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Repositioned Target Market Demographics
The target market for newspapers is traditionally persons 15 years and above. However, this is the generalized market. Newspaper positioning entails dissemination of information to masses. However, as noted before, this appeal is declining because of the entry of internet, which aids in quick dissemination of information. This has greatly reduced the influence of a printed newspaper (Farhoomand, 2007).
To remain relevant appropriate repositioning is required. Printed newspapers need to have particular themes that slightly deviate from the traditional role of disseminating information while keeping that role alive. The product needs to have other appeals because by the time a newspaper reports about certain events, many people will have known about them through internet (Farhoomand, 2007).
According to US census data, close to 65% of all people in the United States use internet daily for at least one purpose: check mail, communicate, and search for information, among others. A large number of those people use internet to know about the happenings around them (US Department of Commerce 2012).
The printed newspaper needs to have investigative reports, discourses on social issues such as health, fitness, crime, and government. Much overhaul should also be directed towards readjusting the newspapers to fit the urgency with which the current generation attaches to things. Additionally, instead of using traditional reporters, the newspapers may revert to engaging everyone. This participation may help in making the stories friendlier to the consumer (US Department of Commerce 2012).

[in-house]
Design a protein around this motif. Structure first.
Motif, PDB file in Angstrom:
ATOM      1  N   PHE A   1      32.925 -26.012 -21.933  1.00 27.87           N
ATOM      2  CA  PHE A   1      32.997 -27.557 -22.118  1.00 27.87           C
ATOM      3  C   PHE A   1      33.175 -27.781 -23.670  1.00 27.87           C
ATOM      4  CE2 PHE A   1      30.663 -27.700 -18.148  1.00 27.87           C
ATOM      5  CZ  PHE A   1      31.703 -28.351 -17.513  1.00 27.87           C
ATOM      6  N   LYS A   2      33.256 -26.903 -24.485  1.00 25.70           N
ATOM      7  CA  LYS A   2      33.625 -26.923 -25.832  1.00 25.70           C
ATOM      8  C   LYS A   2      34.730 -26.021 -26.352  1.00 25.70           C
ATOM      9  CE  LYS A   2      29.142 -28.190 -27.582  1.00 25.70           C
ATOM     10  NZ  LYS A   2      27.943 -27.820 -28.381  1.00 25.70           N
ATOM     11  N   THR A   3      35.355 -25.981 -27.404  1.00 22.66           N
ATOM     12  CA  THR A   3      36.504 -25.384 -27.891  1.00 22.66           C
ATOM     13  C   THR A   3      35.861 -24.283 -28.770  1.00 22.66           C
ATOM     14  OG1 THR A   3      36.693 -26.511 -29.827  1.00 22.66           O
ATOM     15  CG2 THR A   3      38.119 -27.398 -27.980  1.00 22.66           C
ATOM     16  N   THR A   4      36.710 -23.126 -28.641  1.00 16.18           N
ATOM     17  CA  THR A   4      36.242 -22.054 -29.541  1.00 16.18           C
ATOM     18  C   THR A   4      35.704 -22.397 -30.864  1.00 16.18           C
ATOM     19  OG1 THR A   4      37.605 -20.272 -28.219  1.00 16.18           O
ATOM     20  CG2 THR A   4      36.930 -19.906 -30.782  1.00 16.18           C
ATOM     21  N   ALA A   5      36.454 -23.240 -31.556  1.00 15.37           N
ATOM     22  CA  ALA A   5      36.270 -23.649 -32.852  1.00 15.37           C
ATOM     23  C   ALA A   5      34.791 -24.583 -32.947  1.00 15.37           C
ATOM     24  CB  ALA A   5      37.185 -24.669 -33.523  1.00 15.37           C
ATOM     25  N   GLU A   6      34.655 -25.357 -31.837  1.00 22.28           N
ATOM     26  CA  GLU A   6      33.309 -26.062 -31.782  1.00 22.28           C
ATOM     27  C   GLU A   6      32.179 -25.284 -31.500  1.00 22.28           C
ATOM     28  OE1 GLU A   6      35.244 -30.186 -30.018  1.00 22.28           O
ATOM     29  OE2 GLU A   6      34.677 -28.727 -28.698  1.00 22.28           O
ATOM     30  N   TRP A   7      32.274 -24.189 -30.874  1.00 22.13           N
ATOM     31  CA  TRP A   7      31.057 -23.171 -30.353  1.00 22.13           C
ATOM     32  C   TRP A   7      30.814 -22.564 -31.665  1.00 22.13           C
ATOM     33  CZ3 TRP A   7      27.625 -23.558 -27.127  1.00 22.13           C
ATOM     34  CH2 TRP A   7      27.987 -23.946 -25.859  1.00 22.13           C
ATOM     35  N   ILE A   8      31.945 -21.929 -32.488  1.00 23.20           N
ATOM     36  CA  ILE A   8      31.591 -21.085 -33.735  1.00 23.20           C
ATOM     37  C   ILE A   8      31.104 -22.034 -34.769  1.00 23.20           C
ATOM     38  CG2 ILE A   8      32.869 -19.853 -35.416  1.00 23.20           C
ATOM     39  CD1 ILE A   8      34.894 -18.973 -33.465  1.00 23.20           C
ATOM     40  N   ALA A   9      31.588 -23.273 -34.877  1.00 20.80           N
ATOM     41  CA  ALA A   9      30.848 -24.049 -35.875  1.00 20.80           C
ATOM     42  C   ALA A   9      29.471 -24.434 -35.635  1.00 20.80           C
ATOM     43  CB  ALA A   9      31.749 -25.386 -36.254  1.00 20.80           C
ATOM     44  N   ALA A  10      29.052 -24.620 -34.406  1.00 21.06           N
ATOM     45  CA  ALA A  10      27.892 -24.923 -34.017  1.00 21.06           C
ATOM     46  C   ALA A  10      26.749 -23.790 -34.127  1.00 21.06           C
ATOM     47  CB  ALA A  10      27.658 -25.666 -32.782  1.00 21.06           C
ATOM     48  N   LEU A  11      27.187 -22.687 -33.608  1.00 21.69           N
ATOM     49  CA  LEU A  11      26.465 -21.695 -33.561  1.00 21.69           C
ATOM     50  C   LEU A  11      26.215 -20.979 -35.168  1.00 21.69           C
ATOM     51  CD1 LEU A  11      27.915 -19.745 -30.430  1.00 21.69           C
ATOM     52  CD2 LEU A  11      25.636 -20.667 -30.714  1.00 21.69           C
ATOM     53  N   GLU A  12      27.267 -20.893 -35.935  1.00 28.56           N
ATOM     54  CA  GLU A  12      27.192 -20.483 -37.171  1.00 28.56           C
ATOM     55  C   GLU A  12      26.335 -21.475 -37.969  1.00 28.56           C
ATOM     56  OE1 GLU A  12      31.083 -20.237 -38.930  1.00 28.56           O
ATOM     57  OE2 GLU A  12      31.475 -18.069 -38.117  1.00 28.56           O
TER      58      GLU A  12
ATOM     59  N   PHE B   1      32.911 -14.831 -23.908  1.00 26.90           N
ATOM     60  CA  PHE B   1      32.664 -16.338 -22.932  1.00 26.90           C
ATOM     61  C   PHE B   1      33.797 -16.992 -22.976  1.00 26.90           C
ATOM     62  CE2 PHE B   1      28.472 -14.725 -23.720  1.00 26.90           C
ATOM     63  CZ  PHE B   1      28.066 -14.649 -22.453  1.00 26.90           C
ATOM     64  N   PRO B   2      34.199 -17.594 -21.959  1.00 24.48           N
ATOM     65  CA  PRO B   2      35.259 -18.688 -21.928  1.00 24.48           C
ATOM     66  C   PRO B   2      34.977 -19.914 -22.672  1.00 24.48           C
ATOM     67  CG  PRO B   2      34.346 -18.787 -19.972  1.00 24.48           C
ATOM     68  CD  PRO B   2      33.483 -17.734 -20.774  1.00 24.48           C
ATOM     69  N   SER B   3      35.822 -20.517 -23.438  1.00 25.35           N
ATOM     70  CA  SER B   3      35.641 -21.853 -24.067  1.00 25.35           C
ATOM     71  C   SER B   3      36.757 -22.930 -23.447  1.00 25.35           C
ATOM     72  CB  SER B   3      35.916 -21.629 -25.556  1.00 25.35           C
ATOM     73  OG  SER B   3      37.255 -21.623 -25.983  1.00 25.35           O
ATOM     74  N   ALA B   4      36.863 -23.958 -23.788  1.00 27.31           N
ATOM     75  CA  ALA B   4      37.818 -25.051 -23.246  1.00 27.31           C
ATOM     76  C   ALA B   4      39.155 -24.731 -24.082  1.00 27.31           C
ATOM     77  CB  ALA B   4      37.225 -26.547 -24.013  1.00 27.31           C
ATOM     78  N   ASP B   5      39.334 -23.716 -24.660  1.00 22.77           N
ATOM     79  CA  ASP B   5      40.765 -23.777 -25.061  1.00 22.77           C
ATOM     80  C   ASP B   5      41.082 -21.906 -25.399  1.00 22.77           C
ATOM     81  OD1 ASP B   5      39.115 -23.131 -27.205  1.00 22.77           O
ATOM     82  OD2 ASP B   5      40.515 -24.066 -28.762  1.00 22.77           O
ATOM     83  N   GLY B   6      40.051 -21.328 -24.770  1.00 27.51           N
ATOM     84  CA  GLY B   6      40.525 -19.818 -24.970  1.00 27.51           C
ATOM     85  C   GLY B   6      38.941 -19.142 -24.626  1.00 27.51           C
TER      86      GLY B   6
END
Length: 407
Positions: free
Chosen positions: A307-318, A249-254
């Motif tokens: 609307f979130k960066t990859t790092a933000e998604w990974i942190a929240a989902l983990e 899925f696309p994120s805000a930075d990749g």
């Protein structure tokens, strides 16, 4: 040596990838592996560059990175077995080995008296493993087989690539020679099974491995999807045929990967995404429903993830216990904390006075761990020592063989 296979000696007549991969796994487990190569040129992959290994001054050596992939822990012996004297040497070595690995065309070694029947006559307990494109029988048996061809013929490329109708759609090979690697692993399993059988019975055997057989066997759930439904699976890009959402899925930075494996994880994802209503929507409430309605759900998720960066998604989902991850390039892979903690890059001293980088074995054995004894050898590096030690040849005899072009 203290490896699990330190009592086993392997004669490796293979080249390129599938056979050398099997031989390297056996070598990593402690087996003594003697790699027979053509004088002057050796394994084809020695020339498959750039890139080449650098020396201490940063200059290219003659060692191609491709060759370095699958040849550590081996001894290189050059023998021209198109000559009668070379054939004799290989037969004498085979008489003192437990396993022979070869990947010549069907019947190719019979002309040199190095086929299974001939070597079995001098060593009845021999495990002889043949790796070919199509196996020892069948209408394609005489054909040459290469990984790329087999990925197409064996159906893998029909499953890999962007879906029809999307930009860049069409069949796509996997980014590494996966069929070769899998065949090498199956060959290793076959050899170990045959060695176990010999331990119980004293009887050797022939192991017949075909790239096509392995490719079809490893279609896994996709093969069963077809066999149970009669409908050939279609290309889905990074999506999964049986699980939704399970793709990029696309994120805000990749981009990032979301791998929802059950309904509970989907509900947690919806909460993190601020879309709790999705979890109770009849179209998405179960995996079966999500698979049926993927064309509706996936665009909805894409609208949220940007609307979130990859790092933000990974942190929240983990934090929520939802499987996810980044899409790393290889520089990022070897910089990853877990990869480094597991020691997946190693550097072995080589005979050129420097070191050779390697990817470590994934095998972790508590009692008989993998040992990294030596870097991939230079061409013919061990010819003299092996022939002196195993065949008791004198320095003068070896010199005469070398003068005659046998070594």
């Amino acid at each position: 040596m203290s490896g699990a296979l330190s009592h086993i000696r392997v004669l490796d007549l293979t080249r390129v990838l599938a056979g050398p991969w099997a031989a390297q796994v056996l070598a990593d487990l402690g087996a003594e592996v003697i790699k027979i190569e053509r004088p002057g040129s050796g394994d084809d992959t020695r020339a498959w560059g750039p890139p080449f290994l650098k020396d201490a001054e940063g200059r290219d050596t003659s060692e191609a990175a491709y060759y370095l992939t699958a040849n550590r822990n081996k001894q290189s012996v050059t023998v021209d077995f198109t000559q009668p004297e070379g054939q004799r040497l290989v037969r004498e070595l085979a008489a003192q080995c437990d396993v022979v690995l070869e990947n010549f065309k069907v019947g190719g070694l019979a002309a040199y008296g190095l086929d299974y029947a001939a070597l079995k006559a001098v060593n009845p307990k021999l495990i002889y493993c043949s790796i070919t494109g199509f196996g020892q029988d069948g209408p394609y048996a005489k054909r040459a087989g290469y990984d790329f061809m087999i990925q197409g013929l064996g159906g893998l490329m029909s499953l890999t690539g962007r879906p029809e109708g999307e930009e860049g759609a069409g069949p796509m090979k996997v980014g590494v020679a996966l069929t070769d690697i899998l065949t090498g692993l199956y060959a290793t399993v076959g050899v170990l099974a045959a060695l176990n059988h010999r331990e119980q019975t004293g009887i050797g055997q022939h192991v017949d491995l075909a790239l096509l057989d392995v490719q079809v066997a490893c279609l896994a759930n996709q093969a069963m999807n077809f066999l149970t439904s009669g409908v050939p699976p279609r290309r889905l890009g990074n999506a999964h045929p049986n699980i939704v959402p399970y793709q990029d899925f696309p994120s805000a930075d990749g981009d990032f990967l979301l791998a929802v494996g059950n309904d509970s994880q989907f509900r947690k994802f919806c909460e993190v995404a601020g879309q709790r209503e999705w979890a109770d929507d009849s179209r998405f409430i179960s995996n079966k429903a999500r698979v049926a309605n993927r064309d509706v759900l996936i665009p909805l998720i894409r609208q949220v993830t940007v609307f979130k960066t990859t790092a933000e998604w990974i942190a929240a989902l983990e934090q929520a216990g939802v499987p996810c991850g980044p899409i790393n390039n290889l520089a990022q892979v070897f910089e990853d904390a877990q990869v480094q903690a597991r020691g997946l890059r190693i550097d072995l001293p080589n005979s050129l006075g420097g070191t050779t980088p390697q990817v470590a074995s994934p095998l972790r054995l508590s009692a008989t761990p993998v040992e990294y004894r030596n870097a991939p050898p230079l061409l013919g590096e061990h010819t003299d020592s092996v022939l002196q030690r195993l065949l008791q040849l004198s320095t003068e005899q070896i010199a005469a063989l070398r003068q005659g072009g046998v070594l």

Types of Research Needed to Reposition this Product
To reposition the traditional newspaper successfully, relevant stakeholders need to carry out extensive research to understand the market. First, it is imperative to understand the young generation that is more inclined towards using internet.
The age group of 0 to 45 years has the most practical understanding of internet technology. This is because they either were born in the internet age or were there when the internet revolution occurred. The characteristics that define this age group are fundamental in any meaningful repositioning.
The above qualitative research should be accompanied by relevant quantitative research to have a comprehensive outlook. For example, understanding how quickly newspapers’ readership is declining is crucial in forming a decision.
A research may be carried out to ascertain what percentage of the population still buys a newspaper and the reason for doing that. If they buy newspapers because they find business links, find obituaries, or the newspapers have information that is more credible, this is exactly how the newspaper should plan to market itself to the masses (Pew Research Center 2012).
Methods to Use to Increase Adoption Rates